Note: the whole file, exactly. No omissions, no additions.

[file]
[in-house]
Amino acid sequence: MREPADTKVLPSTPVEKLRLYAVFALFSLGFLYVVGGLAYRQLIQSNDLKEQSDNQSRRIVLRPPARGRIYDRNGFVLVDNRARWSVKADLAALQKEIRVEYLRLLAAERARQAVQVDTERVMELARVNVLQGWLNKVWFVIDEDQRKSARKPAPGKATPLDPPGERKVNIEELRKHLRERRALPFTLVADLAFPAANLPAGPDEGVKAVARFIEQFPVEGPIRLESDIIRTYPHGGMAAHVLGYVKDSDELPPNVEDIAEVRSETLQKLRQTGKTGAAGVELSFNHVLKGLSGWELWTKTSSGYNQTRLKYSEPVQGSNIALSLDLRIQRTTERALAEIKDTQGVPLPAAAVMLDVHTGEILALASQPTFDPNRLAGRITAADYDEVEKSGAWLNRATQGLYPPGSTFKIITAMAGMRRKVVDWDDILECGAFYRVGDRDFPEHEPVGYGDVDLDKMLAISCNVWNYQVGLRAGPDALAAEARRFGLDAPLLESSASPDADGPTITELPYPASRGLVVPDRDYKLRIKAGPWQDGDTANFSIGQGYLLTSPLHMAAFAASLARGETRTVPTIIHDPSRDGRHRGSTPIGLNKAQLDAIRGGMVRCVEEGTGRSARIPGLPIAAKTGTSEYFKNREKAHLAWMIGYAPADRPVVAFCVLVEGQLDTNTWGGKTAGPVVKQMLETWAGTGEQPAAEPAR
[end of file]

[in-house]
Amino acid sequence: MREPADTKVLPSTPVEKLRLYAVFALFSLGFLYVVGGLAYRQLIQSNDLKEQSDNQSRRIVLRPPARGRIYDRNGFVLVDNRARWSVKADLAALQKEIRVEYLRLLAAERARQAVQVDTERVMELARVNVLQGWLNKVWFVIDEDQRKSARKPAPGKATPLDPPGERKVNIEELRKHLRERRALPFTLVADLAFPAANLPAGPDEGVKAVARFIEQFPVEGPIRLESDIIRTYPHGGMAAHVLGYVKDSDELPPNVEDIAEVRSETLQKLRQTGKTGAAGVELSFNHVLKGLSGWELWTKTSSGYNQTRLKYSEPVQGSNIALSLDLRIQRTTERALAEIKDTQGVPLPAAAVMLDVHTGEILALASQPTFDPNRLAGRITAADYDEVEKSGAWLNRATQGLYPPGSTFKIITAMAGMRRKVVDWDDILECGAFYRVGDRDFPEHEPVGYGDVDLDKMLAISCNVWNYQVGLRAGPDALAAEARRFGLDAPLLESSASPDADGPTITELPYPASRGLVVPDRDYKLRIKAGPWQDGDTANFSIGQGYLLTSPLHMAAFAASLARGETRTVPTIIHDPSRDGRHRGSTPIGLNKAQLDAIRGGMVRCVEEGTGRSARIPGLPIAAKTGTSEYFKNREKAHLAWMIGYAPADRPVVAFCVLVEGQLDTNTWGGKTAGPVVKQMLETWAGTGEQPAAEPAR